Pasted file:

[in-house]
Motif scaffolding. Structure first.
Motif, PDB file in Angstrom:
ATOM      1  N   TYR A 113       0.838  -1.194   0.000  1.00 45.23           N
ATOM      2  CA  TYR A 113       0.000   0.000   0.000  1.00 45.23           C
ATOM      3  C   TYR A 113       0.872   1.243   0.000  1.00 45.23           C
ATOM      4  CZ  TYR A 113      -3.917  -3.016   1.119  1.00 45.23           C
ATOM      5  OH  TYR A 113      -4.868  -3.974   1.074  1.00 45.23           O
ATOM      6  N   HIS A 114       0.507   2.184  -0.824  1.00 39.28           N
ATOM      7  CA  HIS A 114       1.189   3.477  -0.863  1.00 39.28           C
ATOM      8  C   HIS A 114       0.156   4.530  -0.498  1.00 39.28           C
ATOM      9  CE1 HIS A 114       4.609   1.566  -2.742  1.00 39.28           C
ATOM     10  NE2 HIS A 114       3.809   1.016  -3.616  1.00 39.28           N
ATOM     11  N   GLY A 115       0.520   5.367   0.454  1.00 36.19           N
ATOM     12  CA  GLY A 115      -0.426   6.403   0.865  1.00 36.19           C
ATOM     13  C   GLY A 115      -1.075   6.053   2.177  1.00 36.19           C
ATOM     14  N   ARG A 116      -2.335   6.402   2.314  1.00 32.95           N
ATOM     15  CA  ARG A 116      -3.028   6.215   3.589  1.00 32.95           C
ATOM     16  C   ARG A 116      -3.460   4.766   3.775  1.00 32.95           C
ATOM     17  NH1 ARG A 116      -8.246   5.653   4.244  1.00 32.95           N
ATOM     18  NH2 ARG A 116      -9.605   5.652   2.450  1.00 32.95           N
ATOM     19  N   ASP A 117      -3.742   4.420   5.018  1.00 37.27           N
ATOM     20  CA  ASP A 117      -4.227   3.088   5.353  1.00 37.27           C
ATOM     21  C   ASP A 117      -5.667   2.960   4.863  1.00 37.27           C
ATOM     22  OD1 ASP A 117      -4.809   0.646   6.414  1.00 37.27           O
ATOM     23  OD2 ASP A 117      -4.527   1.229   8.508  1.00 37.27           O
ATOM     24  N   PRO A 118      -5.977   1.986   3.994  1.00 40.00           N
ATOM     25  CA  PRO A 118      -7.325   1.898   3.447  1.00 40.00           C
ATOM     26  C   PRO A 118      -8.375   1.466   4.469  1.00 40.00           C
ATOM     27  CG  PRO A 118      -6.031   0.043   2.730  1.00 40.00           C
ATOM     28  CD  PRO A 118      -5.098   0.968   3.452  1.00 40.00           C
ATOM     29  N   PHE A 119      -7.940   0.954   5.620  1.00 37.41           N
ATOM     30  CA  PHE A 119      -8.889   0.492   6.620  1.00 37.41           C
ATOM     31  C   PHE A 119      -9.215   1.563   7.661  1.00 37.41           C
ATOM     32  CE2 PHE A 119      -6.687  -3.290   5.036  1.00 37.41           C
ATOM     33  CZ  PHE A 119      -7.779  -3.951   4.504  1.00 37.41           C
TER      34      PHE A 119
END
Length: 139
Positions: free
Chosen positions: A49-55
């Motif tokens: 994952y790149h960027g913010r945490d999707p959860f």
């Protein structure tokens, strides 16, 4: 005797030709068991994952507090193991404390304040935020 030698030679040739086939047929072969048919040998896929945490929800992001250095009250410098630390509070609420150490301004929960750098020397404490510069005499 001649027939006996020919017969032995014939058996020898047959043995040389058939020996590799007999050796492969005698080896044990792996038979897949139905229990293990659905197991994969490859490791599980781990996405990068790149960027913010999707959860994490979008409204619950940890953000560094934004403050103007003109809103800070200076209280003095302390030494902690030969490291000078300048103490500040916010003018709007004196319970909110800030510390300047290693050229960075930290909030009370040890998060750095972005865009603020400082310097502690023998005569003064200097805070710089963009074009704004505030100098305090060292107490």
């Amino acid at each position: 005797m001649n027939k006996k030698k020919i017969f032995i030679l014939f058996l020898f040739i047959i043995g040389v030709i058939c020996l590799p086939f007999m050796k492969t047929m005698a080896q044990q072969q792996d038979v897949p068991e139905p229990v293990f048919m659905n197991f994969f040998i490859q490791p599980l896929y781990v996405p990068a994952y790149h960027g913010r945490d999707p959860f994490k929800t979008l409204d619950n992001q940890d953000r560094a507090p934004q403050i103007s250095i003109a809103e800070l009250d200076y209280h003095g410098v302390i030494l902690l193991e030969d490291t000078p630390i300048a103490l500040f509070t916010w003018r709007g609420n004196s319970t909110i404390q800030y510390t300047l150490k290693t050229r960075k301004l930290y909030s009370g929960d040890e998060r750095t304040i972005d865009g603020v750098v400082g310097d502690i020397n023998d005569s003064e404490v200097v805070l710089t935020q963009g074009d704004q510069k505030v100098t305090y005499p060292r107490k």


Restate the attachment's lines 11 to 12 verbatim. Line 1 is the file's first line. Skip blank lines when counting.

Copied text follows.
ATOM      8  C   HIS A 114       0.156   4.530  -0.498  1.00 39.28           C
ATOM      9  CE1 HIS A 114       4.609   1.566  -2.742  1.00 39.28           C